Either of these wear points allow excessive cartridge movement (most likely during cycling) that allows a ready cartridge to jump onto the cartridge lifter, jamming up the action. It should have nothing to do with the hammer being cocked.

The fix is relatively simple: replace the floorplate cartridge stop (it's one piece with the floorplate), and keep your magazine tube retention screw tight with thread sealant.

Yes, you are correct to be concerned with reliability in feeding. If it hangs up when you are cycling it now, imagine what happens if you are in a hurry or facing dangerous game?
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Old 01-31-2009, 07:27 PM
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Hi John, thank you very much for the help. I appreciate it. I was just looking at the thing again tonight. And I was investigating what stops it, and then I had jam again when I was cycling it slowly. When I was referring to the hammer being cocked, the only thing it changed was it slowly my lever down just enough it happened much less frequently. And I realized that little nub on the end of the bottom piece (link or floorplate)wasn't catching it when it was supposed to. Also, this gun has hardly every been fired, it looks like new inside, I think it was someone's safe queen. When I received it it came with the original box. And I got it much dirtier inside (brass particles) from cycling these few rounds threw it than when it came. But what I noticed is the hole that that floorplate pivots in, is almost coming out the top of the floorplate, making the floorplate sit much lower than the receiver on the bottom, which would make that nub too low as well, could it be a faulty floor plate from the beginning, with too high of pivot hole?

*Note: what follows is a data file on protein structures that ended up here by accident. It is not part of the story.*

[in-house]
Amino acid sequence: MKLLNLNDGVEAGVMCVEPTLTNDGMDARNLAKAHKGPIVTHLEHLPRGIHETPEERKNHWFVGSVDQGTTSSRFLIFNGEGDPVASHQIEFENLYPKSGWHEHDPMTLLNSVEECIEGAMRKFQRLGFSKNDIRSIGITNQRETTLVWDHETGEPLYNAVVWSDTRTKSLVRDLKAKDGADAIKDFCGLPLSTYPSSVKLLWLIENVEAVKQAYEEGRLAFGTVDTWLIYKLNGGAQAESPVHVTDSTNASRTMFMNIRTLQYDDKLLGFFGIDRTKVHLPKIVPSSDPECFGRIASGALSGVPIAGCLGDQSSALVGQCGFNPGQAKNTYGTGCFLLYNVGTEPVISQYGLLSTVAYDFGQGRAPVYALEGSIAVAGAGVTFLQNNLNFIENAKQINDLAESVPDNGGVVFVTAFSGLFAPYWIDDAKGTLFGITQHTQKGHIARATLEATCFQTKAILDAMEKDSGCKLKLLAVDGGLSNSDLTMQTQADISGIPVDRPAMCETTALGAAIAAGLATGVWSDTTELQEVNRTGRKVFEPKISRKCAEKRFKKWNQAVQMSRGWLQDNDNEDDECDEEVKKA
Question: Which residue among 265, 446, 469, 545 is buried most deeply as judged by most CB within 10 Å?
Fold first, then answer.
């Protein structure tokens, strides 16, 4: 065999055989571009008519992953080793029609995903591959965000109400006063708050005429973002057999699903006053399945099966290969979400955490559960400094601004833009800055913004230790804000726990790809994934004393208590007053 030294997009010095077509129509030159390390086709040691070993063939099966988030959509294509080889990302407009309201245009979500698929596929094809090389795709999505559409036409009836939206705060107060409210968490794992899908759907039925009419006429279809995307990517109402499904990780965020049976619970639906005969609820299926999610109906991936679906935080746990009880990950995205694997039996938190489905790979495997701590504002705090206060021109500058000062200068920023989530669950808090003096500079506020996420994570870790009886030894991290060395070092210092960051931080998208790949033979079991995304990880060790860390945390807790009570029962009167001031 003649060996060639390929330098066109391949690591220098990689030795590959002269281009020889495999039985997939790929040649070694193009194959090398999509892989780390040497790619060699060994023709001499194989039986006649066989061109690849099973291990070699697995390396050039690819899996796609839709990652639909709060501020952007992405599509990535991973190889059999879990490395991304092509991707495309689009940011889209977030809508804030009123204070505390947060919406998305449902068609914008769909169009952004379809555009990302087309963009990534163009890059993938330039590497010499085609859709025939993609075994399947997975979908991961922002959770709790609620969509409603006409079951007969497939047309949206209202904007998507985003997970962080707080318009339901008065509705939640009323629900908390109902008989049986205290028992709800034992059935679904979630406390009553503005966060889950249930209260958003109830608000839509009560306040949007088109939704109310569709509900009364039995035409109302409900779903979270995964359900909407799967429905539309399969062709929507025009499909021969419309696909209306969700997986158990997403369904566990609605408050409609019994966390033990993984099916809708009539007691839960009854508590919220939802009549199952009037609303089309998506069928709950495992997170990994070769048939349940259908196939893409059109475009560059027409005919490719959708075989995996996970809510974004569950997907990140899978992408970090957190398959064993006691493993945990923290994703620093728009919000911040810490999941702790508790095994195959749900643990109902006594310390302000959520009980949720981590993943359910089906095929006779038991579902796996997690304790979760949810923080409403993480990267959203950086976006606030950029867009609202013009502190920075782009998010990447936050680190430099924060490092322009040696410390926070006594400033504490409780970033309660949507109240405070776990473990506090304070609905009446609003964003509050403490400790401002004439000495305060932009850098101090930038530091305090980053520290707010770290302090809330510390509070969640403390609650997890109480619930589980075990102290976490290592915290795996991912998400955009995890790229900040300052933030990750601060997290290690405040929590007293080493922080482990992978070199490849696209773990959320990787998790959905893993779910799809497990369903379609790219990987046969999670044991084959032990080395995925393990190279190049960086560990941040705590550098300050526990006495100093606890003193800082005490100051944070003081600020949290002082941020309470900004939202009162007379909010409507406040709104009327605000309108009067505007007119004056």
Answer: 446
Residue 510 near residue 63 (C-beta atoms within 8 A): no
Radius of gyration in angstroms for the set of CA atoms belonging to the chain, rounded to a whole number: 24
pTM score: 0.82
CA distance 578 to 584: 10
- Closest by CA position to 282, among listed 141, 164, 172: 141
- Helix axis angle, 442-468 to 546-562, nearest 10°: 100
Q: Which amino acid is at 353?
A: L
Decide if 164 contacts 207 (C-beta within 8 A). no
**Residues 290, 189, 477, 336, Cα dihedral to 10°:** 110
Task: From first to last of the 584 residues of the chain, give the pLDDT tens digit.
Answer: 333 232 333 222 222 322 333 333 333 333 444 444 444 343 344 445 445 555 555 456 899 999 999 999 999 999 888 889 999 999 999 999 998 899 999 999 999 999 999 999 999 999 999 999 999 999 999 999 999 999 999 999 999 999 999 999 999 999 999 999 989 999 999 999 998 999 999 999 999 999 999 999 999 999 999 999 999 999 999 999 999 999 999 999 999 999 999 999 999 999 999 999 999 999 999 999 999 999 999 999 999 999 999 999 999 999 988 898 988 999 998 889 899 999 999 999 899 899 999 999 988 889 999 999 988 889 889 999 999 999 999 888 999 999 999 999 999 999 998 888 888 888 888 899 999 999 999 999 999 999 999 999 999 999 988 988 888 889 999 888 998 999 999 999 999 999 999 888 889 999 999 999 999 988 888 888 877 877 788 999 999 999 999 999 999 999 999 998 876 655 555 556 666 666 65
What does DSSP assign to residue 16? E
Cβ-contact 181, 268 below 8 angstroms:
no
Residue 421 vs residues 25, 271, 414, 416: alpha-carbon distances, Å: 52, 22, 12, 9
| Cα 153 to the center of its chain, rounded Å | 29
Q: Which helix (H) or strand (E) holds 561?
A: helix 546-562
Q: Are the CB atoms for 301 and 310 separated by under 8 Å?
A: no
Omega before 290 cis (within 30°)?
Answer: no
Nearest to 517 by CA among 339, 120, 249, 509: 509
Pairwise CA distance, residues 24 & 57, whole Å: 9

Also, the rear pin that goes through the floor plate and the lever, can that just be punched out with a brass punch? I don't see a screw or anything holding it in like the front pin.

Thanks again, I really appreciate it.
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Old 01-31-2009, 08:07 PM
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It might very well be a dimensional inconsistency from the factory. I remember two like-new Winchester '94 I found in a pawn shop at very reasonalble prices. Both suffered from the cartridges jumping the stop during cycling. Both were repaired by simply replacing the floorplate piece.
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Old 02-01-2009, 08:49 AM
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Thanks again John, I will be ordering a new floor plate tomorrow from Winchester.
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Old 02-12-2009, 09:45 AM
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Just wanted to give an update. I replaced the floorplate (Winchester calls it a "link"), and it functions like it is supposed to now. While I had it apart I put a Wolff 15 lb hammer spring in it, and polished the hammer and sear. I like it! Thanks again for the help, another gun repaired because of this forum.